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How did the idea for THE WAY LIFE SHOULD BE originate? How long have you been at work on this book?
For me, the process of writing a novel begins months or even years before I start writing. It evolves from pieces of my own past, stories I’ve heard, things I’m curious about, emotional journeys that interest me, unexpected ideas, unresolved questions. Most of this development of a central idea isn’t even conscious. Over the years I’ve learned to trust this process, slow and circuitous as it may be.
THE WAY LIFE SHOULD BE evolved like this: One chilly weekend in early spring nine years ago, my husband David and I left our home on the Upper West Side and got on a bus to New Jersey to visit old friends. Two days later, we owned a house in Montclair – a place we had been to only once before, in a state we knew nothing about. Not only weren’t we planning to buy a house; we were tried-and-true New Yorkers, living in a two-bedroom with our two small boys. Though we were bursting at the seams (we literally had a map of the valuable storage space under our bed: diapers here, toilet paper there), we’d never even considered the possibility of leaving NYC. And New Jersey was such a foreign place to me that when, at a party in New York before we left, someone smirked and said, “So you’re a Jersey girl now,” I had no idea what they meant.
Stricken with buyer’s remorse, we moved to Montclair, which turned out to be a diverse town of 37,000 people, with great schools, art house cinemas and dozens of restaurants. For the next few years, my experience of New Jersey was mostly limited to this cultural island, but slowly I began to venture out. Montclair is surrounded on all sides by “real” New Jersey – working-class immigrant communities with longstanding histories and traditions.
The day that a rave review appeared in the New York Times for an improbably named Italian-American restaurant in Nutley, NJ, called American Bistro. My husband and I were so delighted that a restaurant somewhere in our vicinity had received the Times’ stamp of approval that we immediately booked a reservation. Decorated in Old World Italian-American style – a big brass bar, pink polyester tablecloths, heavy, padded menus – the restaurant seemed straight out of central casting, with interesting characters planted at one end of the bar and a huge Italian family boisterously celebrating an anniversary. It was like nothing I’d ever seen, except perhaps on TV.
Then the waitress – as it turned out, an actress who grew up in Maine – brought over a complimentary antipasto platter, a mouthwatering array of fresh mozzarella, glistening roasted red pepper, soppressata and pepperoni, cured olives, and sweet and hot peppers, and a basket of fresh bread and garlic toast. We were hooked. We started bringing friends, and eventually we got to know the chef and owner, Kenny Mahon, a friendly, half-Italian, half-Irish-American who learned to cook at his grandmother’s elbow.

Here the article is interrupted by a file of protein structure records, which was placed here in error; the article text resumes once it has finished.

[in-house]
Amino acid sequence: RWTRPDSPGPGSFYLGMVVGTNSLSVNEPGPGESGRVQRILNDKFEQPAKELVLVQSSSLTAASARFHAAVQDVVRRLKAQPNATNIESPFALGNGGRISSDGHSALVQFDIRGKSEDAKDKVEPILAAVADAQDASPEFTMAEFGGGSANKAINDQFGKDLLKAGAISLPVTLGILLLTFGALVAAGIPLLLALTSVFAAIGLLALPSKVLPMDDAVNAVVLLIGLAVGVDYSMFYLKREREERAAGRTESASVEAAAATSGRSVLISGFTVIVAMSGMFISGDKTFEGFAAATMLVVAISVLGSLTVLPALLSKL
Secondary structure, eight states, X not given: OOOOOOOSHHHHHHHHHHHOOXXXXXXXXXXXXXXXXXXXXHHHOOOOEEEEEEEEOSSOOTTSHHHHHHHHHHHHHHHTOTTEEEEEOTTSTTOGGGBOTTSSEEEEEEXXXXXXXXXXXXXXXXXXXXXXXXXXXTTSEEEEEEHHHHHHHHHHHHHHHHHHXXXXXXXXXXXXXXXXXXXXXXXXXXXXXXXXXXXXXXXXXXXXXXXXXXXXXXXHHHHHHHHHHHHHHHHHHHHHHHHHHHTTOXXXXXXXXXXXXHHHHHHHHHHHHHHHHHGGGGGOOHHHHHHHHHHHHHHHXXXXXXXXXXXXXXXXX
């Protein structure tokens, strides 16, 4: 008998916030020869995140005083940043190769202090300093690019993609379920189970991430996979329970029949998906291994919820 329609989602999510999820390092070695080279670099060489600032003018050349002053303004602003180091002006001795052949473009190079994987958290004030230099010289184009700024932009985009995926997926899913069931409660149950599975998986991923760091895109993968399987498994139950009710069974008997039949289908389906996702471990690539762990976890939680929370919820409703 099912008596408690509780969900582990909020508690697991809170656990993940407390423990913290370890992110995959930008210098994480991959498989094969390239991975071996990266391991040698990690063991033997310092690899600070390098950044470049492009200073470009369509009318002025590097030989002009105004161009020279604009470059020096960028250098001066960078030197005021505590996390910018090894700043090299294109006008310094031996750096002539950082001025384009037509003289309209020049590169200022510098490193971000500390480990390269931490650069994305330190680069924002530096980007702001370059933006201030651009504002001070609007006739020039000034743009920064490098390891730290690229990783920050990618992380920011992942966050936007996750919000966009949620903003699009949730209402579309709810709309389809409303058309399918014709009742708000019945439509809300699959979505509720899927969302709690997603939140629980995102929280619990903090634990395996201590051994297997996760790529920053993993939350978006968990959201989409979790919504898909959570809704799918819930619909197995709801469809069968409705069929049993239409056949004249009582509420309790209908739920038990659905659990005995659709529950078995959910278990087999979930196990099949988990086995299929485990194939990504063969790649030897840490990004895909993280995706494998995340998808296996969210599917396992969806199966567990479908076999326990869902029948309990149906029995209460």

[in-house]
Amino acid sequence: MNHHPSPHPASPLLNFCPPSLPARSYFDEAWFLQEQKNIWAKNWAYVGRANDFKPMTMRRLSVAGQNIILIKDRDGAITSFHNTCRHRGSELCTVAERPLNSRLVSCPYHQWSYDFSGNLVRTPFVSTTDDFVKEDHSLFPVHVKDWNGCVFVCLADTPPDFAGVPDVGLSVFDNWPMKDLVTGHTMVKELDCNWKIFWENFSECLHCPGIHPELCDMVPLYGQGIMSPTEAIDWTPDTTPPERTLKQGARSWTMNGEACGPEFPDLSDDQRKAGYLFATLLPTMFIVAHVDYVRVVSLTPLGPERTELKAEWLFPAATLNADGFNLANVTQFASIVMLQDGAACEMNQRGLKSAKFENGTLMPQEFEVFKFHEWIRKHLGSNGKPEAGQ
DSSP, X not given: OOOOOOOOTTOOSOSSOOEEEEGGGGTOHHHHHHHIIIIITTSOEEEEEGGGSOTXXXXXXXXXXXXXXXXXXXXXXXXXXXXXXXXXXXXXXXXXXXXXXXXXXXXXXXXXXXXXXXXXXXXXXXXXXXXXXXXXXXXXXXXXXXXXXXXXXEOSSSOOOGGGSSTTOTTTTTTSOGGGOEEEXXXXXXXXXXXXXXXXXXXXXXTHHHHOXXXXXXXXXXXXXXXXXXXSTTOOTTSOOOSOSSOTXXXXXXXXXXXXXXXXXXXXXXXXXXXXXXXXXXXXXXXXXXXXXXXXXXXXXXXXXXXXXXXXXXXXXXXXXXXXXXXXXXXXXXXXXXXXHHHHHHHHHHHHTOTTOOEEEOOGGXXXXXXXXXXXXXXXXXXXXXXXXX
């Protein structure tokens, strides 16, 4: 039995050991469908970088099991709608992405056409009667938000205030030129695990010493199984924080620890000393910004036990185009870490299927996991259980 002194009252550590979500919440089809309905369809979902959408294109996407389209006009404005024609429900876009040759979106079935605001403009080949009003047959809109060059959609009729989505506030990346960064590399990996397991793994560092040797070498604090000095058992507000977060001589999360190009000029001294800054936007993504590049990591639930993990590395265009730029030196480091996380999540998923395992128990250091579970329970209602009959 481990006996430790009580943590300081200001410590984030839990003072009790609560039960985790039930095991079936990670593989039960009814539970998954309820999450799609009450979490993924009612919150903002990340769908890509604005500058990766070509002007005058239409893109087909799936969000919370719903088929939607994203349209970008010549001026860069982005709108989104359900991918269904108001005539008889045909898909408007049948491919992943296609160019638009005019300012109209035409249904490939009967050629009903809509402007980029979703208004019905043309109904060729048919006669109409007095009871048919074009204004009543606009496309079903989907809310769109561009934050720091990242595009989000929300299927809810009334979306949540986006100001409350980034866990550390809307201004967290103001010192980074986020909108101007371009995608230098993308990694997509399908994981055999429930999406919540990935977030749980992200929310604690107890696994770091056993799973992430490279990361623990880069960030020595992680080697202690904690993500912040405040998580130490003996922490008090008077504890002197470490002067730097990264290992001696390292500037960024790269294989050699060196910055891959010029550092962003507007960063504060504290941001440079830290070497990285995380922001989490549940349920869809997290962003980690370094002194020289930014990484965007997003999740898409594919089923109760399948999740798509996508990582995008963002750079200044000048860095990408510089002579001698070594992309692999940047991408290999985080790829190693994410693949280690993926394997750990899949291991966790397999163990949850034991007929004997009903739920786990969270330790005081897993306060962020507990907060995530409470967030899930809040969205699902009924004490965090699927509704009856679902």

Despite some pervasive cultural stereotypes, I hadn’t realized how heavily Italian-American northern New Jersey is until I discovered The American Bistro and began paying attention to life beyond Montclair. The more I learned, the more I realized that I had the beginnings of a novel in my head.
In another part of the story, I had recently fallen in love with Mount Desert Island. Our family moved to Bangor, Maine when I was six, and I grew up going to MDI as an in-state tourist. It wasn’t until ten years ago, when my parents bought a ramshackle Victorian house in Bass Harbor, on the “quiet” side, that I began to have any real understanding of what the island was truly like. My sister Clara, tired of city life, soon moved to MDI from New York, and married a carpenter. Eventually, all three of my sisters bought houses there. I spend every summer on the island with my children and extended family. It is, like Manhattan, a place that people come to from elsewhere and never want to leave.
I also wrote this book with my own grandmothers in mind, Ethel Baker and Christina Looper – both strong and opinionated women, and, not incidentally, wonderful cooks. And I was inspired by my mother, a fabulous cook in her own right, who set me loose in the kitchen at an early age, tolerating my disasters and celebrating my occasional successes.
Ultimately, THE WAY LIFE SHOULD BE came together slowly, over time, from these and many other influences.
Did the book involve special research or travel?
When I began planning this book, Kenny Mahon, the chef and owner of The American Bistro, allowed me to shadow him in the kitchen on a number of occasions, ask dozens of questions, and take notes as he worked his magic. I’ve been to Italy several times, but I relied heavily on my Italian-American muses and fellow writers, Louise DeSalvo and Laura Schenone, to give advice at every step. A number of books guided my research. In particular: Lidia’s Italian-American Kitchen, by Lidia Mataticchio Bastianich; La Cucina di Lidia: Recipes and Memories from Italy’s Adriatic Coast, by Lidia Bastianich and Jay Jacobs; Crazy in the Kitchen: Food, Feuds, and Forgiveness in an Italian American Family, by Louise DeSalvo; Hungering for America: Italian, Irish and Jewish Foodways in the Age of Migration, by Hasia R. Diner; In Nonna’s Kitchen: Recipes and Traditions from Italy’s Grandmothers, by Carol Field; Essentials of Classic Italian Dishes, by Marcella Hazan; Were You Always and Italian? Ancestors and Other Icons of Italian America, by Maria Laurino; Italy for the Gourmet Traveler, by Fred Plotkin; and A Thousand Years over a Hot